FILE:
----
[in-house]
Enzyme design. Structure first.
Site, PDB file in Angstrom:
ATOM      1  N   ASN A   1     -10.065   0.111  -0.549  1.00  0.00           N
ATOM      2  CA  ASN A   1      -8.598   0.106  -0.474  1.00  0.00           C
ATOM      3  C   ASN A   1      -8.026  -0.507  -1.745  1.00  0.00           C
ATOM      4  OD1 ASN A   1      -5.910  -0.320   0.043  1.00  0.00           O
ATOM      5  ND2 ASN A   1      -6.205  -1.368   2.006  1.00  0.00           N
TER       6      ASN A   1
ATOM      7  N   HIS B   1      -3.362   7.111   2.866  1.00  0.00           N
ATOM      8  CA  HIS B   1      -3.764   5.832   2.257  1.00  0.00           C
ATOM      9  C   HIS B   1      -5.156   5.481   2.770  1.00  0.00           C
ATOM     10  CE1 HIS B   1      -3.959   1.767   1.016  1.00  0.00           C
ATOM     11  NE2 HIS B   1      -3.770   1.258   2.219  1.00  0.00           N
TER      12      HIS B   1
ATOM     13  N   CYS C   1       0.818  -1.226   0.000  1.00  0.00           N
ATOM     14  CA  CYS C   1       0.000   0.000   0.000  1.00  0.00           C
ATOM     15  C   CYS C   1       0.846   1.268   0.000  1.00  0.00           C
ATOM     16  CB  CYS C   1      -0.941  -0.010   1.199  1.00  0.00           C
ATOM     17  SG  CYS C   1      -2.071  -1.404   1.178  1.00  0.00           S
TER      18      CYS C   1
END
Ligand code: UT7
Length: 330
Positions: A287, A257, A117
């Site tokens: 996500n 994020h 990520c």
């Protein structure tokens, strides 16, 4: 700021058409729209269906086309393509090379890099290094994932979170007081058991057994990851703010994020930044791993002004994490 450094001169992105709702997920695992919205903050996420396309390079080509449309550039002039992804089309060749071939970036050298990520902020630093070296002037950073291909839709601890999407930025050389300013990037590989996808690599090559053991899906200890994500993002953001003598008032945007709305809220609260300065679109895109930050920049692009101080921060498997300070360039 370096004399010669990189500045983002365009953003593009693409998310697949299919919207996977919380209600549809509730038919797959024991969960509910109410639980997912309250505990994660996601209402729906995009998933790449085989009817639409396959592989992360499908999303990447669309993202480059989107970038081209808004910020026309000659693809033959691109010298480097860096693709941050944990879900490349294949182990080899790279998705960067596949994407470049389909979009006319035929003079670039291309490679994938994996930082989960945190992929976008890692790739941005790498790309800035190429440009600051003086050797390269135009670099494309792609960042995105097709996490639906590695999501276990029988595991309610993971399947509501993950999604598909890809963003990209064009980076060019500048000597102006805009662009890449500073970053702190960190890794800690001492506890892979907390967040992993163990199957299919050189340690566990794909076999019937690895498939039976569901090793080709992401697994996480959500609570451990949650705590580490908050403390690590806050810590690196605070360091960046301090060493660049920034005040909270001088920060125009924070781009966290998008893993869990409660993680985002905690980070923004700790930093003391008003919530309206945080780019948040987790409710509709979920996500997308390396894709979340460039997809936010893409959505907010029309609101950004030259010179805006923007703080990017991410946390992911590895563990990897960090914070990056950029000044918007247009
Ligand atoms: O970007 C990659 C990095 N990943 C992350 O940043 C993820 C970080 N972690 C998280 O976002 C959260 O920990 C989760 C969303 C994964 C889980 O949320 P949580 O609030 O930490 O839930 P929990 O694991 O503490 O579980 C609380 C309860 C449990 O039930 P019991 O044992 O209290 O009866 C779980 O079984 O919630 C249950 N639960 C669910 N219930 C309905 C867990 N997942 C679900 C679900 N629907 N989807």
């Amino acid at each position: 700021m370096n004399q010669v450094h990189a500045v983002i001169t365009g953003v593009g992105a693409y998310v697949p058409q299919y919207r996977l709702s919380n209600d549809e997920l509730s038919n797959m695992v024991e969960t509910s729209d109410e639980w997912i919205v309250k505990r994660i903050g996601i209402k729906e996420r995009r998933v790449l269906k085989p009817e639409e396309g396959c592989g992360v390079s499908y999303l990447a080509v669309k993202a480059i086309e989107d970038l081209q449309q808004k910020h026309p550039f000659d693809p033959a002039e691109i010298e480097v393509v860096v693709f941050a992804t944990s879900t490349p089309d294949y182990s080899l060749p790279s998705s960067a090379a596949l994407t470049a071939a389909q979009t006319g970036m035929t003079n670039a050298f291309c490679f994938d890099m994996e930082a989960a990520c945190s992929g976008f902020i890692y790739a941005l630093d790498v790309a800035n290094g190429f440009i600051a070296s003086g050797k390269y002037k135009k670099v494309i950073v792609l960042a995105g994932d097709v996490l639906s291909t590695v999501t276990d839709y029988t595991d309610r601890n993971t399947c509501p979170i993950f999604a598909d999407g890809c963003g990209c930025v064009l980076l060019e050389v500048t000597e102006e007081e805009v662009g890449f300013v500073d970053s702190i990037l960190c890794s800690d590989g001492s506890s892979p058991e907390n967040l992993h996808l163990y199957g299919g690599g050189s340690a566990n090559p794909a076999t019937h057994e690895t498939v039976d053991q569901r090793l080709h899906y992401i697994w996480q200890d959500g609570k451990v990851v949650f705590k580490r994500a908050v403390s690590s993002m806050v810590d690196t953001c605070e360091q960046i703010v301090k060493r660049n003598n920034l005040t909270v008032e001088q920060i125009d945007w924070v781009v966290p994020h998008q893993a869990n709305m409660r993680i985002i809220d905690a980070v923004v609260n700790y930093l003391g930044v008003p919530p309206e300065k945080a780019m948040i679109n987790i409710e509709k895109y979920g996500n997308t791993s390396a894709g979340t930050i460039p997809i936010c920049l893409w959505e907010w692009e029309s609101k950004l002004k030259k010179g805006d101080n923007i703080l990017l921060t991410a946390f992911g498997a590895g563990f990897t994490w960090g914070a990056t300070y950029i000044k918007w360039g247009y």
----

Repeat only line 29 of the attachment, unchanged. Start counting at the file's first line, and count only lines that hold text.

């Amino acid at each position: 700021m370096n004399q010669v450094h990189a500045v983002i001169t365009g953003v593009g992105a693409y998310v697949p058409q299919y919207r996977l709702s919380n209600d549809e997920l509730s038919n797959m695992v024991e969960t509910s729209d109410e639980w997912i919205v309250k505990r994660i903050g996601i209402k729906e996420r995009r998933v790449l269906k085989p009817e639409e396309g396959c592989g992360v390079s499908y999303l990447a080509v669309k993202a480059i086309e989107d970038l081209q449309q808004k910020h026309p550039f000659d693809p033959a002039e691109i010298e480097v393509v860096v693709f941050a992804t944990s879900t490349p089309d294949y182990s080899l060749p790279s998705s960067a090379a596949l994407t470049a071939a389909q979009t006319g970036m035929t003079n670039a050298f291309c490679f994938d890099m994996e930082a989960a990520c945190s992929g976008f902020i890692y790739a941005l630093d790498v790309a800035n290094g190429f440009i600051a070296s003086g050797k390269y002037k135009k670099v494309i950073v792609l960042a995105g994932d097709v996490l639906s291909t590695v999501t276990d839709y029988t595991d309610r601890n993971t399947c509501p979170i993950f999604a598909d999407g890809c963003g990209c930025v064009l980076l060019e050389v500048t000597e102006e007081e805009v662009g890449f300013v500073d970053s702190i990037l960190c890794s800690d590989g001492s506890s892979p058991e907390n967040l992993h996808l163990y199957g299919g690599g050189s340690a566990n090559p794909a076999t019937h057994e690895t498939v039976d053991q569901r090793l080709h899906y992401i697994w996480q200890d959500g609570k451990v990851v949650f705590k580490r994500a908050v403390s690590s993002m806050v810590d690196t953001c605070e360091q960046i703010v301090k060493r660049n003598n920034l005040t909270v008032e001088q920060i125009d945007w924070v781009v966290p994020h998008q893993a869990n709305m409660r993680i985002i809220d905690a980070v923004v609260n700790y930093l003391g930044v008003p919530p309206e300065k945080a780019m948040i679109n987790i409710e509709k895109y979920g996500n997308t791993s390396a894709g979340t930050i460039p997809i936010c920049l893409w959505e907010w692009e029309s609101k950004l002004k030259k010179g805006d101080n923007i703080l990017l921060t991410a946390f992911g498997a590895g563990f990897t994490w960090g914070a990056t300070y950029i000044k918007w360039g247009y």